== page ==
It didn’t matter that I was now safe. My imagination was captured by what might have been and even in escape it had left its mark. My cleric will still pick up any magic item he can get his hands on, but there will always be a hint of trepidation involved. Is this item all it appears to be? Or is it a ticking time bomb.
That’s the brilliance of this curse.

What if I’d discovered the curse ahead of time? Would I have stopped using the sword or would I have risked the curse? Magical weapons are rare in our game. A magic weapon that does another 1d6 damage is powerful. Powerful enough to change the course of a fight and we have faced desperate odds on many occasions. Add to that the divine mandate from my deity to recover and safeguard powerful magic items, and there is little chance that I would have discarded the weapon. At best it would have sat in its scabbard, slung over my back while I used another weapon.

Waiting.

 
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Posted by on March 13, 2014 in Gaming

 

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Favorite Magic Item

We’re in the home stretch on the 30 Day D&D Posting Challenge!

Today’s question:

25. What is your Favorite Magic Item?

Here we go with another hard one.  The AD&D Dungeon Master’s Guide is filled with tons of outstanding magic items.  When I was a teenager (and let’s be honest, even now) I would flip through the pages reading the descriptions and coming up with ideas.  The vast array of items is another strength of the D&D game.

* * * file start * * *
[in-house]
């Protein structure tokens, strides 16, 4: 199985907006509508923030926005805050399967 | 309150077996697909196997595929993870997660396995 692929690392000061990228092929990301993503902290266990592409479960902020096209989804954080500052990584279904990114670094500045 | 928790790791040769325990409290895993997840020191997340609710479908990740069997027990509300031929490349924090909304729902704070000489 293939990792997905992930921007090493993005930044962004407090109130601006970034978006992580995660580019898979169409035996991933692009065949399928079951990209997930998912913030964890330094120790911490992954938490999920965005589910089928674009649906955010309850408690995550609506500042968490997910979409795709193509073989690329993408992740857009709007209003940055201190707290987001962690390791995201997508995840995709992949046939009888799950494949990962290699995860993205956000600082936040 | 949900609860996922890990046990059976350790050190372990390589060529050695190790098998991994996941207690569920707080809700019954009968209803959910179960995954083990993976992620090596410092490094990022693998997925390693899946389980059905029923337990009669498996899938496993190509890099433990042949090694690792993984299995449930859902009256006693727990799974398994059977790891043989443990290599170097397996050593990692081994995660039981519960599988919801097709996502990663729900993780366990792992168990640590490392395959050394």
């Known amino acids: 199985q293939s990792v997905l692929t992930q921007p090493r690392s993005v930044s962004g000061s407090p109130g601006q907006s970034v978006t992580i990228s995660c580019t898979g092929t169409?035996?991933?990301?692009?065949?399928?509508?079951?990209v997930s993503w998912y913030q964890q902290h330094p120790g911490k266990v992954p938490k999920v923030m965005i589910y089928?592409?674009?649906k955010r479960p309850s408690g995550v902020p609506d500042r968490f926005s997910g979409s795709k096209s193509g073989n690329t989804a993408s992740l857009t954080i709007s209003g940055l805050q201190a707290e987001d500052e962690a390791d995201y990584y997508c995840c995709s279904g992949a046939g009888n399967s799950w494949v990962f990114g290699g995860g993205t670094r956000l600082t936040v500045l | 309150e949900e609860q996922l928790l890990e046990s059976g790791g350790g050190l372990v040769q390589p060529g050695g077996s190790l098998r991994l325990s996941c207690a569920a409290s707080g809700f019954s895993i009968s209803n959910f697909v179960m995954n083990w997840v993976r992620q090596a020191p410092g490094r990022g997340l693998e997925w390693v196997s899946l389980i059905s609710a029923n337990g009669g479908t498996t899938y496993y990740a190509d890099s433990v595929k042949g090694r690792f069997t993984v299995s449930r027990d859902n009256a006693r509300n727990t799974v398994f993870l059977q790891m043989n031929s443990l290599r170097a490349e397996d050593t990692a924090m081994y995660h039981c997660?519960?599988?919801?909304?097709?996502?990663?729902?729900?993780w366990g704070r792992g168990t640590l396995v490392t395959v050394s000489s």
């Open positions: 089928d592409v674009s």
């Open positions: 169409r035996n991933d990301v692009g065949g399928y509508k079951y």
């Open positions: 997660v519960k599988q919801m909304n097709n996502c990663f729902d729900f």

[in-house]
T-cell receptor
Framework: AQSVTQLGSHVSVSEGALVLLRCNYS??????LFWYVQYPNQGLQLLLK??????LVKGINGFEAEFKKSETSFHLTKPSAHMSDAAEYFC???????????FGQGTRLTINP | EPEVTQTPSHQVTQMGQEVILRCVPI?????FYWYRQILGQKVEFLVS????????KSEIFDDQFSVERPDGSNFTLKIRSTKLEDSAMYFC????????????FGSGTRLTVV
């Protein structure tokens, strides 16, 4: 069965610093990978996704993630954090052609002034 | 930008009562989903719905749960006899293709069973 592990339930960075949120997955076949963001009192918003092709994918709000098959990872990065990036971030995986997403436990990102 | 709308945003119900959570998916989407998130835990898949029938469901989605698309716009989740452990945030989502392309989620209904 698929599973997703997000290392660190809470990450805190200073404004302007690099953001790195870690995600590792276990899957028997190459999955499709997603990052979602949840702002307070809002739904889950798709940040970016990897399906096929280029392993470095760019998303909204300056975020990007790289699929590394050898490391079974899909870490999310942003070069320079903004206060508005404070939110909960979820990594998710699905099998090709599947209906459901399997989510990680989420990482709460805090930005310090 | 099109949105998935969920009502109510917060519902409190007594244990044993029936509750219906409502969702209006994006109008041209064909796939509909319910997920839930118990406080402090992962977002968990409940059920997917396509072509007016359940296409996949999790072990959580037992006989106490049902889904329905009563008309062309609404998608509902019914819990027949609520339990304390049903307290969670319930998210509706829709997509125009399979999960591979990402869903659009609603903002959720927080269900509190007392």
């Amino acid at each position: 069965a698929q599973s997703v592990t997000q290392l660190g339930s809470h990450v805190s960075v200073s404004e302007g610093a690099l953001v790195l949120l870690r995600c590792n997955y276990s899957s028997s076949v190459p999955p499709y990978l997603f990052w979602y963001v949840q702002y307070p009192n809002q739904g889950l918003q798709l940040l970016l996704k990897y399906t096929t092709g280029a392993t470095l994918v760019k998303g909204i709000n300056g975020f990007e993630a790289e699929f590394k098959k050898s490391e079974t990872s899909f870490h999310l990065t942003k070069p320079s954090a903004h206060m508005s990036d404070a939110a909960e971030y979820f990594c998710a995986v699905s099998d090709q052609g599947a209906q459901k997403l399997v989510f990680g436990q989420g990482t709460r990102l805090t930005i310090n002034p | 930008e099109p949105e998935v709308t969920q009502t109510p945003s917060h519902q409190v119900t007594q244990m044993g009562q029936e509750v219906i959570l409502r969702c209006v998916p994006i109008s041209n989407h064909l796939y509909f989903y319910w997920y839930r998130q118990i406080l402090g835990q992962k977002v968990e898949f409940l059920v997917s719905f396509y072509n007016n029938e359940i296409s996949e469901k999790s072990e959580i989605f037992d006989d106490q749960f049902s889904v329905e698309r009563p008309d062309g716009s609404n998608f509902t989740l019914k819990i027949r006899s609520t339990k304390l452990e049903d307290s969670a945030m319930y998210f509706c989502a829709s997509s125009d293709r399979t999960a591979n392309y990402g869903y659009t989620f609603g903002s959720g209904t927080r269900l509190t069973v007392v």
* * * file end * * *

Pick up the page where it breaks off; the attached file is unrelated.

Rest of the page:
For utility it was hard to beat the Gauntlets of Ogre Power.  This was one of the more spectacular items that showed up with any frequency in our games.  Slippers of Spider-Climbing and Ropes of Climbing were also great utilitarian items.

For magic weapons I liked the Sword of Sharpness and the Sunblade.  For gonzo weirdness there was the Apparatus of Kwalish.

Then there’s the thrill and danger of the Deck of Many Things and the Wand of Wonder.  Both present very different challenges to the players but no matter how often they’ve been burned it’s impossible not to play with them.

But when all is said and done, if I have to make a choice, I’m going with the Staff of the Magi.  A wizard wielding a Staff of the Magi is a fearsome thing.  A mid-to-high level magic-user finds their spell arsenal nearly doubled.  For a low level party a Staff of the Magi is worth being the object of an entire quest.

Then there’s the Retributive Strike option of the Staff, for when all hope is lost.  A magic-user surrounded by hordes of monsters, making his last stand and breaking his staff to unleash a huge fireball is the stuff of legends.  I question how effective it would be in practice, since the player will probably have expended most of the staff’s charges before that point, but the concept is fantastic.

One of the things I like about the module L1, The Secret of Bone Hill, is how you can tell the history of the ruined castle based on the description of its condition.  There’s a large circle on the map of the courtyard described as a large circle burned long ago by fire.  There are two charred pieces of a broken staff in the middle of the circle, still lying undisturbed years after the fall of the castle.

This tells us volumes about what happened.

You shall not pass!

 
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Posted by on September 25, 2013 in Fantasy, Gaming